- Universities exploiting candidates with UTME – NUT
Different educational bodies, associations and stakeholders have called on the federal government to probe the Joint Admissions and Matriculation Board over recurring irregularities in the conduct of its examinations in recent times.
The National President of Association of Tutorial School Owners of Nigeria, Mr. Oludotun Sodunke, who made the call in Lagos, alleged that there were fraudulent activities going on within the JAMB management.
Sodunke said that the examination body realised about N9billion every year from sale of different forms to prospective candidates such as the Unified Tertiary Matriculation Examination; change of institution form, direct entry form, among others.
The ATSO’s president alleged that JAMB’s registrar, Professor Dibu Ojerinde, might have been exploiting Nigerians through various means.
He said, “JAMB should be probed because the fraudulent activities going on there is becoming unbearable. All in the name of financial autonomy, the body collects billions of Naira yearly from candidates. The amount realised from the UTME form sale alone is about N7billion after charges for logistics had been deducted; the change of institution form is purchased by about one million candidates, while the candidates who successfully gain admission into any institution must also pay for the original JAMB result slip.”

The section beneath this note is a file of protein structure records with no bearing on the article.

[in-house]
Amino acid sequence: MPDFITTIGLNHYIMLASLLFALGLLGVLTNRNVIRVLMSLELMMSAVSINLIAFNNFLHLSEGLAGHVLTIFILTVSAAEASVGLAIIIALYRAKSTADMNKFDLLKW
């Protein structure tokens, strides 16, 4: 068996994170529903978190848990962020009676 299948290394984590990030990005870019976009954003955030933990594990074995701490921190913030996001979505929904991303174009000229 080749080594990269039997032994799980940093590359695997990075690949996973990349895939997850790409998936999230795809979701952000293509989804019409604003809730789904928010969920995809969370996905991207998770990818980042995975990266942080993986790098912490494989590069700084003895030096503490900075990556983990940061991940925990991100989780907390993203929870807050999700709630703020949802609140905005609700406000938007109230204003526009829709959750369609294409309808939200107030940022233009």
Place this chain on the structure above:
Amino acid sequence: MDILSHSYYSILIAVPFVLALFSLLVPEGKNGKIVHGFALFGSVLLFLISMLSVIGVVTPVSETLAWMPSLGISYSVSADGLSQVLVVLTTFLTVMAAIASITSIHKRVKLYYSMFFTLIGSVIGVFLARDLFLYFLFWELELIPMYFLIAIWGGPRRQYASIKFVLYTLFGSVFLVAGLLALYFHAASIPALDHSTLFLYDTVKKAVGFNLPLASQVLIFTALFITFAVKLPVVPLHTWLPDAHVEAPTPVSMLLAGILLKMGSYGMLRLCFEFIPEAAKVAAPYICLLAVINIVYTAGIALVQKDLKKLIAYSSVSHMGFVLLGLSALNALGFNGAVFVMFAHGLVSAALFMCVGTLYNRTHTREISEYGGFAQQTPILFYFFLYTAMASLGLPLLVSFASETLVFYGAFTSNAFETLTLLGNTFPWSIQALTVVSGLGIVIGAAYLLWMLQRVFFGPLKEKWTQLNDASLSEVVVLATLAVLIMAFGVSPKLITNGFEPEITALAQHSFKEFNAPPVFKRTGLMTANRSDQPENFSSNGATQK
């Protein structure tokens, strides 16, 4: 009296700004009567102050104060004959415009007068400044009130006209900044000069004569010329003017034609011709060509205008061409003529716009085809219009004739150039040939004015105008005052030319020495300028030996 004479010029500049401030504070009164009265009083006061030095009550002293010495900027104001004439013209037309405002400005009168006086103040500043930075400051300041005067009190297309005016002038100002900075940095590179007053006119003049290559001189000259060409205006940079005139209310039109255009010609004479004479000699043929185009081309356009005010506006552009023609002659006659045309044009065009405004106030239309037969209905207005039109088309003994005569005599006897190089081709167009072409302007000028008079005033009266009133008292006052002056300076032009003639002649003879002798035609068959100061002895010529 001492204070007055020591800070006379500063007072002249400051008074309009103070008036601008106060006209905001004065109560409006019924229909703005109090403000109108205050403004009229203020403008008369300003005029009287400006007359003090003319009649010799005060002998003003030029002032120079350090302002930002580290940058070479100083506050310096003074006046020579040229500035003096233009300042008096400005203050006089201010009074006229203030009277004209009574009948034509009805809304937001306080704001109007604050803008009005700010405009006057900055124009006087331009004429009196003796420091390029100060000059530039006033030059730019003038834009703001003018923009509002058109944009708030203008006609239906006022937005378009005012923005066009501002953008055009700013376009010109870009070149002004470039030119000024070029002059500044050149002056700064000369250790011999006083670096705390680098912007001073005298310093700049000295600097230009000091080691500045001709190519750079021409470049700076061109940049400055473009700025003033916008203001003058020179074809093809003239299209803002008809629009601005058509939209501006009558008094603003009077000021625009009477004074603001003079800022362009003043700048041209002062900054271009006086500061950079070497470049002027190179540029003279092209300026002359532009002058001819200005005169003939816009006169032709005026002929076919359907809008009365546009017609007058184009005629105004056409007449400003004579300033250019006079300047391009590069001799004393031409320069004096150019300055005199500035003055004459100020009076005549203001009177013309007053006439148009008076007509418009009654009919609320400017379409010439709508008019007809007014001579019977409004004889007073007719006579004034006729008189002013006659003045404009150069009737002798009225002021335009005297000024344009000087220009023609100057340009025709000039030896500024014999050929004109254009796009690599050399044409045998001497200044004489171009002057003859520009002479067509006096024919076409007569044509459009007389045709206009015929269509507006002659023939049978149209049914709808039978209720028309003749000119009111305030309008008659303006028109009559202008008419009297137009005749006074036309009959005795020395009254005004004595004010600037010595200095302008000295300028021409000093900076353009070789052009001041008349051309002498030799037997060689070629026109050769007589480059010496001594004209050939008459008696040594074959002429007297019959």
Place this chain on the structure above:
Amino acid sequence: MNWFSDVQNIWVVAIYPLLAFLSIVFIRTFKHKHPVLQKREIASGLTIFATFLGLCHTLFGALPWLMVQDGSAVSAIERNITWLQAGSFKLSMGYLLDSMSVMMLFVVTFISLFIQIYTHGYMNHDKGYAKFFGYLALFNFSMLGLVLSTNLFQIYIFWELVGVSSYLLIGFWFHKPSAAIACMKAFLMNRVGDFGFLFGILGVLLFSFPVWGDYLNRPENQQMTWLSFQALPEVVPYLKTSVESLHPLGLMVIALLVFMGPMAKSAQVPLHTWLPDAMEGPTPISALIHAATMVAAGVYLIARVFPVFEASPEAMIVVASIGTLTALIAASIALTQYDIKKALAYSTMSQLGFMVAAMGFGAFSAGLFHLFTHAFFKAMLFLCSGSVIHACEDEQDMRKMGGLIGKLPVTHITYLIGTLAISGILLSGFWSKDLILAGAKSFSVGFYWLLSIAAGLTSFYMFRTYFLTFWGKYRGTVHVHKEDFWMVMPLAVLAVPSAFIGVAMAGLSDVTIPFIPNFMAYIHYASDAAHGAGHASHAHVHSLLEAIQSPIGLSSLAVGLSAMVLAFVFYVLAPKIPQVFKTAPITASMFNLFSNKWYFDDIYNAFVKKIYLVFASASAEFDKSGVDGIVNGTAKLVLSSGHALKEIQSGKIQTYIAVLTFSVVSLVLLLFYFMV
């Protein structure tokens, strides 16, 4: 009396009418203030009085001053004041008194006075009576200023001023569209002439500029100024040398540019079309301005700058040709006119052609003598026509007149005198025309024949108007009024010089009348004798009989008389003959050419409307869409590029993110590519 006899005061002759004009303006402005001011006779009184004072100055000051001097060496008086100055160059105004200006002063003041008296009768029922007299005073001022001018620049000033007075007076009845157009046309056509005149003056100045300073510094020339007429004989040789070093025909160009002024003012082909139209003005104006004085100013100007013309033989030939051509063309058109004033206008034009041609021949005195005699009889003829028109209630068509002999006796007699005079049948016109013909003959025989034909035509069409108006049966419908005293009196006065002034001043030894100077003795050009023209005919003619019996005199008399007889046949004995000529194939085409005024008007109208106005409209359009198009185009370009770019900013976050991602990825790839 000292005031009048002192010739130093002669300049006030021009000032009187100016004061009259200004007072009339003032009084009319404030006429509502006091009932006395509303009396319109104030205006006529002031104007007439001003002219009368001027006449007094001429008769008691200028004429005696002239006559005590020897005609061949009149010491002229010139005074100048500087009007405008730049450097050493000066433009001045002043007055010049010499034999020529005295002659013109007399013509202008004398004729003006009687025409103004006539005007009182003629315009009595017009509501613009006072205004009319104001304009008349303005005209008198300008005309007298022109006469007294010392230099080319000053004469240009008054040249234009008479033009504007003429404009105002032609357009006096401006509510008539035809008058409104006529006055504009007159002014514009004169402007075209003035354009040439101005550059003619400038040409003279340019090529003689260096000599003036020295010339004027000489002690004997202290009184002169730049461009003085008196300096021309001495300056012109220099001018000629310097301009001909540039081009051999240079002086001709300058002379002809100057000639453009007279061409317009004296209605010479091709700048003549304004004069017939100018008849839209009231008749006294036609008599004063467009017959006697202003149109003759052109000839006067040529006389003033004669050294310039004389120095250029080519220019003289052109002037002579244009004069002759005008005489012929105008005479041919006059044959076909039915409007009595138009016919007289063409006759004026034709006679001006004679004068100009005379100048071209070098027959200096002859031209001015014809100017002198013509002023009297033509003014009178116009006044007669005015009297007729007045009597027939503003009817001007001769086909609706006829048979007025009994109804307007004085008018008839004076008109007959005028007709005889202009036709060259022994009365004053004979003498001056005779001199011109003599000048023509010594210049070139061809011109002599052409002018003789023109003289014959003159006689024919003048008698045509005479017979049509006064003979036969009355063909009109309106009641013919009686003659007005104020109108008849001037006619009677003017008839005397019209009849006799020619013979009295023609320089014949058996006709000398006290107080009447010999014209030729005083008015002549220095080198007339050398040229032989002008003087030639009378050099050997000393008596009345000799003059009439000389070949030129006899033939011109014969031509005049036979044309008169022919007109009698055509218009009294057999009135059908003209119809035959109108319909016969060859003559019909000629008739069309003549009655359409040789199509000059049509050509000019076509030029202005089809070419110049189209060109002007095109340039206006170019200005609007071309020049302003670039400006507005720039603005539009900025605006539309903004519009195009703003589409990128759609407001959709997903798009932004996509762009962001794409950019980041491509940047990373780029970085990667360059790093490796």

Sodunke further alleged that what JAMB was doing was to frustrate the public institutions because of ‘money,’ which had been collected from the private universities. He accused JAMB of applying redistribution approach in its scheme.
“Ojerinde might have collected some money from private institutions and promised them an inflow of students, so that those who couldn’t gain admission into the public institutions will either purchase another form next year or opt for the available institutions, which are private universities,” he stressed.
He urged the Ministry of Finance and the Federal Government not to be silent on the alleged misappropriation of funds going on in the examination body, insisting that the alleged fraud going on there is a major problem.
“His plan is to make sure the body gives candidates provisional admission. If only the money is going into the government account, such as the Treasury Single Account, it would have been better. Government should tackle the problem of fraud and clear the mess going on there,” he added.
In the same vein, the National President of Nigerian Union of Teachers, Mr. Michael Olukoya, has said that as an association, the NUT was not in support of scrapping the post-UTME examination because of bogus marks given to candidates, only to find out later that such students do not perform excellently in their various institutions.
However, he said the exploitation of students by Nigerian universities wasn’t a good measure either in the name of post-UTME.